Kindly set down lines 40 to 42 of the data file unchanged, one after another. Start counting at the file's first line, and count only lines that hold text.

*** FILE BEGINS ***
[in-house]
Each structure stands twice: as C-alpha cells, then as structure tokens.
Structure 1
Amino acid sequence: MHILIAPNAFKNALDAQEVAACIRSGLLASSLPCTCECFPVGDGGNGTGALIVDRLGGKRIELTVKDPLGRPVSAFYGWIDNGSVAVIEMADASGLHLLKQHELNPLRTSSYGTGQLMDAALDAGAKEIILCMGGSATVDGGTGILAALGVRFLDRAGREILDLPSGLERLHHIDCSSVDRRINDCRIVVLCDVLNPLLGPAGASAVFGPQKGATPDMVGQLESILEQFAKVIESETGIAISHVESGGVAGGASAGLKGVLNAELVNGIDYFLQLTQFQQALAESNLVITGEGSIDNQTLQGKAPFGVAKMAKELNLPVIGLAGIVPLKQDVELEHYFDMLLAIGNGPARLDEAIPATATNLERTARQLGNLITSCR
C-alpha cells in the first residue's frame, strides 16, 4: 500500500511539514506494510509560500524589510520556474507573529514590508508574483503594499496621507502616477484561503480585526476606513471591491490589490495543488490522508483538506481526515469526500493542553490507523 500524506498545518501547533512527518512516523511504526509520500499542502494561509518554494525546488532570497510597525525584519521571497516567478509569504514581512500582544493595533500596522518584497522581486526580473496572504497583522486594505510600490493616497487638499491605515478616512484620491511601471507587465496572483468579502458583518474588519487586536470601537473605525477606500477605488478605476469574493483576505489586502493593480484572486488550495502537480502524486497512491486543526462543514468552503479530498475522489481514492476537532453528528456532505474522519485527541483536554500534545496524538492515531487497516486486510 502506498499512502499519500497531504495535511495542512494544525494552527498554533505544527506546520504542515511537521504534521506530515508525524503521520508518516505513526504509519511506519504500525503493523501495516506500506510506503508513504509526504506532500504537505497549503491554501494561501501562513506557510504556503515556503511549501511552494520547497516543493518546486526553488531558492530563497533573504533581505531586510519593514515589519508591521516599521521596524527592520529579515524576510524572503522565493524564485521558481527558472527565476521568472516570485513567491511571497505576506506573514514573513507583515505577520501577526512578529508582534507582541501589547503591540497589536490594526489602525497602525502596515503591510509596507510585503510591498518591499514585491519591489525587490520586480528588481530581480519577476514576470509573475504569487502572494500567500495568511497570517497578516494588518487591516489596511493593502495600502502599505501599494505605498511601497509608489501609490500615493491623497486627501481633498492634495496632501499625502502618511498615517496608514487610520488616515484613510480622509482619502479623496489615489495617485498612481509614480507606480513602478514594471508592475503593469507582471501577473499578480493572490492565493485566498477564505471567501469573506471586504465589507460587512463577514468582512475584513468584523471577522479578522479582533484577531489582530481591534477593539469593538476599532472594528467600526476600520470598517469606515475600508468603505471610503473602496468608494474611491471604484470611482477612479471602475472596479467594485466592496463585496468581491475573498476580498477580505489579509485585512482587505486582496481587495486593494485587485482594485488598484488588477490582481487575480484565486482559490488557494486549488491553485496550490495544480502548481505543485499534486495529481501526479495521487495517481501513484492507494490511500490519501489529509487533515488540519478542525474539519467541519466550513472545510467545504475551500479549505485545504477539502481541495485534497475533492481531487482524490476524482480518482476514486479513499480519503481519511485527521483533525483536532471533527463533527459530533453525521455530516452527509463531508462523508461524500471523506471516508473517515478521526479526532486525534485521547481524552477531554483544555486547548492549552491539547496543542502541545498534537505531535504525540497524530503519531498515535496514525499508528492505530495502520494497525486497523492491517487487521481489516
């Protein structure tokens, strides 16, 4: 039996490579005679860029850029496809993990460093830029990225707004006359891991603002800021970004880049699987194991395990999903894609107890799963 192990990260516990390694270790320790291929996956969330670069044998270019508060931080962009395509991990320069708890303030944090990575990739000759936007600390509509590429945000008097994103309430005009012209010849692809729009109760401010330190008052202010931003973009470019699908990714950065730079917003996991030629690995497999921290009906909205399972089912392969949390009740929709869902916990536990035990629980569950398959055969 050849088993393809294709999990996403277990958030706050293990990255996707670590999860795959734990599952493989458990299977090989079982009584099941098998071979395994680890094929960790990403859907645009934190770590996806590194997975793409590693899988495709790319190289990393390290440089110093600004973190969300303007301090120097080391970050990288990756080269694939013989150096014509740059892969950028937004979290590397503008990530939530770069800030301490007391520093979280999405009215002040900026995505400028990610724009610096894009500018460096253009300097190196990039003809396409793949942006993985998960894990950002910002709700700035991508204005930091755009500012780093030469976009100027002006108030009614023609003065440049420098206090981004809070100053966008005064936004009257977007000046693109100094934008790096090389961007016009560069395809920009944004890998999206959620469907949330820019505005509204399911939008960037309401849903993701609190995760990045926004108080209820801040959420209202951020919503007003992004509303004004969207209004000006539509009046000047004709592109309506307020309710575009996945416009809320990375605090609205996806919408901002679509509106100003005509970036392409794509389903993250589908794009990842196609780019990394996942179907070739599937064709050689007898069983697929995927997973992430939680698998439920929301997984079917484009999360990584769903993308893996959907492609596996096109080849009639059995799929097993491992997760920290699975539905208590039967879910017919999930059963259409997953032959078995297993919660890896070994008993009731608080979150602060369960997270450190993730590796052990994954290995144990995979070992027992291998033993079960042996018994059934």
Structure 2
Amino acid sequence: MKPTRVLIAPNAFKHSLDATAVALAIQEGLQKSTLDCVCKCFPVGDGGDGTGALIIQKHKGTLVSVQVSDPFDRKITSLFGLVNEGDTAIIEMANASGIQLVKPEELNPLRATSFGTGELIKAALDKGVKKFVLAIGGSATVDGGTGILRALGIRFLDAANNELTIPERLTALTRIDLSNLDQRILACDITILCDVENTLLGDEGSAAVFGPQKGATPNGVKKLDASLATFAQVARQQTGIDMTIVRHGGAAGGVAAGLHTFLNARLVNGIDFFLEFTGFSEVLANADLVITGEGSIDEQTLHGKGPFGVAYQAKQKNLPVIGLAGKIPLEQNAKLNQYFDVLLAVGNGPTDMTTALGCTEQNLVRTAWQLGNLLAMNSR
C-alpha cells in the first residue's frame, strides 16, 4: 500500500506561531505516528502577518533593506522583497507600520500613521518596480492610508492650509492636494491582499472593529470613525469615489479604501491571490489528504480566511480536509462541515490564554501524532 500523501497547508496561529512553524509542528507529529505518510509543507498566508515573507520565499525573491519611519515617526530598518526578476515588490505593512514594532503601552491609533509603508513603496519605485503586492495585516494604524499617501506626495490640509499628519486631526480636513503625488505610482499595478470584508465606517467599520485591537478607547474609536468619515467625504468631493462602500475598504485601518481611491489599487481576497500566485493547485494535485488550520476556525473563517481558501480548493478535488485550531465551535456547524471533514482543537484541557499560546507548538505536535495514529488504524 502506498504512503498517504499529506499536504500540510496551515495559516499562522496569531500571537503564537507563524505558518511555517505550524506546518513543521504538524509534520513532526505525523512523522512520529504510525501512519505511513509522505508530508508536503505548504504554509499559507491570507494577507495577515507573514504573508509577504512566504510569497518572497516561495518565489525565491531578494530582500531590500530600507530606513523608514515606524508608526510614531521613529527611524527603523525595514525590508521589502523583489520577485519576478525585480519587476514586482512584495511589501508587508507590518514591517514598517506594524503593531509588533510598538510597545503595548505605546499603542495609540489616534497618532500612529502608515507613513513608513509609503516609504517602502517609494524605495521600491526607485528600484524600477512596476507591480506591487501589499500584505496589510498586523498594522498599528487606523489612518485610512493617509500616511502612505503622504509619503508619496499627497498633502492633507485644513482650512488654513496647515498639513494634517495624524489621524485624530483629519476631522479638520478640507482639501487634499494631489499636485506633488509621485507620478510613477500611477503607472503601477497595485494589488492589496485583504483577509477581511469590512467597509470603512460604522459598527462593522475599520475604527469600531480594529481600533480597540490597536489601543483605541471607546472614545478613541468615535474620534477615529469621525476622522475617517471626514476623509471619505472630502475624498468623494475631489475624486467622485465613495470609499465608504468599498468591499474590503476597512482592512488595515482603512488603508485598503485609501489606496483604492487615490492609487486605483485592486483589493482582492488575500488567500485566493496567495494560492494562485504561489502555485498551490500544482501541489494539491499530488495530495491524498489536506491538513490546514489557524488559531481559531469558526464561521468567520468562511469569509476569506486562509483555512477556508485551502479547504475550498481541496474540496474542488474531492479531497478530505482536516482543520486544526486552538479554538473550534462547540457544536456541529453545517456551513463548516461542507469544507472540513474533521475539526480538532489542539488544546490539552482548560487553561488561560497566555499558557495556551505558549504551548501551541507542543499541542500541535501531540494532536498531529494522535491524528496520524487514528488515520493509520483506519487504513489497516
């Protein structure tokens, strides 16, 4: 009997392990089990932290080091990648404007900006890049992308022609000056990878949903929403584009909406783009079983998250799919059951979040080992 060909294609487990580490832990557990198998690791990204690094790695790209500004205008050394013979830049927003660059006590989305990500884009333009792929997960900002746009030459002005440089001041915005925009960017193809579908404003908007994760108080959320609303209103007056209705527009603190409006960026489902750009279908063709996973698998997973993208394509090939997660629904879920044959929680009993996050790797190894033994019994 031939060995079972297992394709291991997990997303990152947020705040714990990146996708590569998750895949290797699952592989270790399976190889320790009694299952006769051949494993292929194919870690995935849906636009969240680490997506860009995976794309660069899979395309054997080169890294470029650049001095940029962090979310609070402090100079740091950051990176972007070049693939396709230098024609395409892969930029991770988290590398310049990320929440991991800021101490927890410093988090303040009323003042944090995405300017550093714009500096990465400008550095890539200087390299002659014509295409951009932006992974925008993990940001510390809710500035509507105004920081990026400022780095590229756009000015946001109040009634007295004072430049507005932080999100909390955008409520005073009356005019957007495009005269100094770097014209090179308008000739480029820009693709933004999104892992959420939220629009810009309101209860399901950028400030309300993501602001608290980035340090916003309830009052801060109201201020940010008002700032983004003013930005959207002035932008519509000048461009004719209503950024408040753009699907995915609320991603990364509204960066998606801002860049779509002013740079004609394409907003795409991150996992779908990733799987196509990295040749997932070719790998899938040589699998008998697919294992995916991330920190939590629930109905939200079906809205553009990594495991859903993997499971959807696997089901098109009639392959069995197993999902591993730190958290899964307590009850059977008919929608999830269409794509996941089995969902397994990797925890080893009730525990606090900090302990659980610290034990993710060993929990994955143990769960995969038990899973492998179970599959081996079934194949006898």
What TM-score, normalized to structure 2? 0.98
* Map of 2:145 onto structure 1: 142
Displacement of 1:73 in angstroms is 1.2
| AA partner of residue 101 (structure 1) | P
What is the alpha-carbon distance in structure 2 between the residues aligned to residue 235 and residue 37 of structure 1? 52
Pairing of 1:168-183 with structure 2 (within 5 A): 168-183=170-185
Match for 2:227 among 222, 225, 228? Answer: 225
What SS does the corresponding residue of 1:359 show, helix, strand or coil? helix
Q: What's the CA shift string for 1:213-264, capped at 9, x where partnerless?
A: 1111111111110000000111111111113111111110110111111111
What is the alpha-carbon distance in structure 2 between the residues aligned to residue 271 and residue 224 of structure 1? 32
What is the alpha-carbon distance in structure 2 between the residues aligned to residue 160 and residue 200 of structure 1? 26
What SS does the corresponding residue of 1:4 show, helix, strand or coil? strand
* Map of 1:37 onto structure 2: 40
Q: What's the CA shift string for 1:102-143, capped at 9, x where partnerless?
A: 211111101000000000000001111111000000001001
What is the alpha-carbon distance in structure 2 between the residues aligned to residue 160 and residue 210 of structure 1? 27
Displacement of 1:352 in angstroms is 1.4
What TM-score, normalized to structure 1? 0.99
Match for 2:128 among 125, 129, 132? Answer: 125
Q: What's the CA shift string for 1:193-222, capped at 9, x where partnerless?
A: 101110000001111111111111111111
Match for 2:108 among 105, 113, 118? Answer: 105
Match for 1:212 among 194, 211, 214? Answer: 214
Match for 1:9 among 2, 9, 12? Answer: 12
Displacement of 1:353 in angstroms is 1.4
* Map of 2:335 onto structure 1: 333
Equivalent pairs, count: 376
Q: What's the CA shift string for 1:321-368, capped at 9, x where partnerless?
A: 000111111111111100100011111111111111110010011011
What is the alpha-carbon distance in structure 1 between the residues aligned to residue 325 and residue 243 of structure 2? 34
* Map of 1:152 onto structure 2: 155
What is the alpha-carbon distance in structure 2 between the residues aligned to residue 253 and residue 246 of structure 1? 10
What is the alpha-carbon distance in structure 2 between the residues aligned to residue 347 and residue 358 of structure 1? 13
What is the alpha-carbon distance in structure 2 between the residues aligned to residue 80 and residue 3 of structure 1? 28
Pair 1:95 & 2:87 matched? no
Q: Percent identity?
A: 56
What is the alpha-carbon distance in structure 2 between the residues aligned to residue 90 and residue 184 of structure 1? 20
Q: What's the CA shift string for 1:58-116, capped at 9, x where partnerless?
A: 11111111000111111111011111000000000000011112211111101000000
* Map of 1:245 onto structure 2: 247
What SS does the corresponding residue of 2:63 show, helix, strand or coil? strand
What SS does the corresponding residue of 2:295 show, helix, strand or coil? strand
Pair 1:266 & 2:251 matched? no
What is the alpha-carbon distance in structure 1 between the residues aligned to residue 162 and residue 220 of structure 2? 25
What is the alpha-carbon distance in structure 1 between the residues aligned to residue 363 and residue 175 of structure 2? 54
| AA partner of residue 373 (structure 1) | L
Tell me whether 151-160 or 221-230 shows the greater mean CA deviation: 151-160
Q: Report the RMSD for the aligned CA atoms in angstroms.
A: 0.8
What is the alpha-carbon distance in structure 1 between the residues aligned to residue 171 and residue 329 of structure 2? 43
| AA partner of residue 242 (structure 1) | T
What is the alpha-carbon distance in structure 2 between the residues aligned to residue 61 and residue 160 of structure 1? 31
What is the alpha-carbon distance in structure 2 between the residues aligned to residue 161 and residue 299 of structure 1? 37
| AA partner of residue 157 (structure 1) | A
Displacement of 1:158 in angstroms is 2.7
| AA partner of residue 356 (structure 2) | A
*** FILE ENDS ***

A: 000111111111111100100011111111111111110010011011
What is the alpha-carbon distance in structure 1 between the residues aligned to residue 325 and residue 243 of structure 2? 34
* Map of 1:152 onto structure 2: 155